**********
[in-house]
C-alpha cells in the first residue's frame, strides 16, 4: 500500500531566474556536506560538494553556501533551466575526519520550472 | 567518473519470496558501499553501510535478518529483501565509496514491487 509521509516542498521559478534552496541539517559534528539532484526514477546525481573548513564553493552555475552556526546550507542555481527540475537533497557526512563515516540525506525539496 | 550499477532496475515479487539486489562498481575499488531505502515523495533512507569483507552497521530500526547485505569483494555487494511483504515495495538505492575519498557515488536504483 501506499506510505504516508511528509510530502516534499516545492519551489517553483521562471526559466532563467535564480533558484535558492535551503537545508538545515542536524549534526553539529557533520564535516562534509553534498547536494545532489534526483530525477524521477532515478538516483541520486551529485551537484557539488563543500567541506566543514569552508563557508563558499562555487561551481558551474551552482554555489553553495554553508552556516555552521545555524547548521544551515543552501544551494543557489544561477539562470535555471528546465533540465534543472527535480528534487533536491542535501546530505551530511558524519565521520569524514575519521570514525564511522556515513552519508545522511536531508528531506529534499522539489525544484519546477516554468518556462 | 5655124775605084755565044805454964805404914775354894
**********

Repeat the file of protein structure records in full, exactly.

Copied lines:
[in-house]
C-alpha cells in the first residue's frame, strides 16, 4: 500500500531566474556536506560538494553556501533551466575526519520550472 | 567518473519470496558501499553501510535478518529483501565509496514491487 509521509516542498521559478534552496541539517559534528539532484526514477546525481573548513564553493552555475552556526546550507542555481527540475537533497557526512563515516540525506525539496 | 550499477532496475515479487539486489562498481575499488531505502515523495533512507569483507552497521530500526547485505569483494555487494511483504515495495538505492575519498557515488536504483 501506499506510505504516508511528509510530502516534499516545492519551489517553483521562471526559466532563467535564480533558484535558492535551503537545508538545515542536524549534526553539529557533520564535516562534509553534498547536494545532489534526483530525477524521477532515478538516483541520486551529485551537484557539488563543500567541506566543514569552508563557508563558499562555487561551481558551474551552482554555489553553495554553508552556516555552521545555524547548521544551515543552501544551494543557489544561477539562470535555471528546465533540465534543472527535480528534487533536491542535501546530505551530511558524519565521520569524514575519521570514525564511522556515513552519508545522511536531508528531506529534499522539489525544484519546477516554468518556462 | 5655124775605084755565044805454964805404914775354894